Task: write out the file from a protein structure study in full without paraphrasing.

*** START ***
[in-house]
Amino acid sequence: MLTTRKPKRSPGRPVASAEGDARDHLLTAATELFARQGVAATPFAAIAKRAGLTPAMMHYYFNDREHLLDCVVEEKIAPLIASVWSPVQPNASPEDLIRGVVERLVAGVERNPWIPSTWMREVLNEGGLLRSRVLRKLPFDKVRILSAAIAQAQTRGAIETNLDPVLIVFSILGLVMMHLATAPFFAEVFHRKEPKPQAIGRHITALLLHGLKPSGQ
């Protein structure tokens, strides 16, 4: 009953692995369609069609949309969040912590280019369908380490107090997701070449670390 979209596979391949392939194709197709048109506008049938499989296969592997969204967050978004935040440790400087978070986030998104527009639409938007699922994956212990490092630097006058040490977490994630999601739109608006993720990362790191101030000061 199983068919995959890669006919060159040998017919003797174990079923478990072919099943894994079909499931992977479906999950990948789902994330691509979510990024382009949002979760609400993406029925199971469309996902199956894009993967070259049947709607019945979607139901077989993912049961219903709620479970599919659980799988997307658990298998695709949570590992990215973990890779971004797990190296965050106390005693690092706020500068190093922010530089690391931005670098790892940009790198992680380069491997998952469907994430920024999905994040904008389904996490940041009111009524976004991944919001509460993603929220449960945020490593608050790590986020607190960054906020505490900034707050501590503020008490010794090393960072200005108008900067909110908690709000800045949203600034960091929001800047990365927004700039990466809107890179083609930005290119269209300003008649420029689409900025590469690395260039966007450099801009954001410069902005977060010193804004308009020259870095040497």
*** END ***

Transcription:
[in-house]
Amino acid sequence: MLTTRKPKRSPGRPVASAEGDARDHLLTAATELFARQGVAATPFAAIAKRAGLTPAMMHYYFNDREHLLDCVVEEKIAPLIASVWSPVQPNASPEDLIRGVVERLVAGVERNPWIPSTWMREVLNEGGLLRSRVLRKLPFDKVRILSAAIAQAQTRGAIETNLDPVLIVFSILGLVMMHLATAPFFAEVFHRKEPKPQAIGRHITALLLHGLKPSGQ
């Protein structure tokens, strides 16, 4: 009953692995369609069609949309969040912590280019369908380490107090997701070449670390 979209596979391949392939194709197709048109506008049938499989296969592997969204967050978004935040440790400087978070986030998104527009639409938007699922994956212990490092630097006058040490977490994630999601739109608006993720990362790191101030000061 199983068919995959890669006919060159040998017919003797174990079923478990072919099943894994079909499931992977479906999950990948789902994330691509979510990024382009949002979760609400993406029925199971469309996902199956894009993967070259049947709607019945979607139901077989993912049961219903709620479970599919659980799988997307658990298998695709949570590992990215973990890779971004797990190296965050106390005693690092706020500068190093922010530089690391931005670098790892940009790198992680380069491997998952469907994430920024999905994040904008389904996490940041009111009524976004991944919001509460993603929220449960945020490593608050790590986020607190960054906020505490900034707050501590503020008490010794090393960072200005108008900067909110908690709000800045949203600034960091929001800047990365927004700039990466809107890179083609930005290119269209300003008649420029689409900025590469690395260039966007450099801009954001410069902005977060010193804004308009020259870095040497």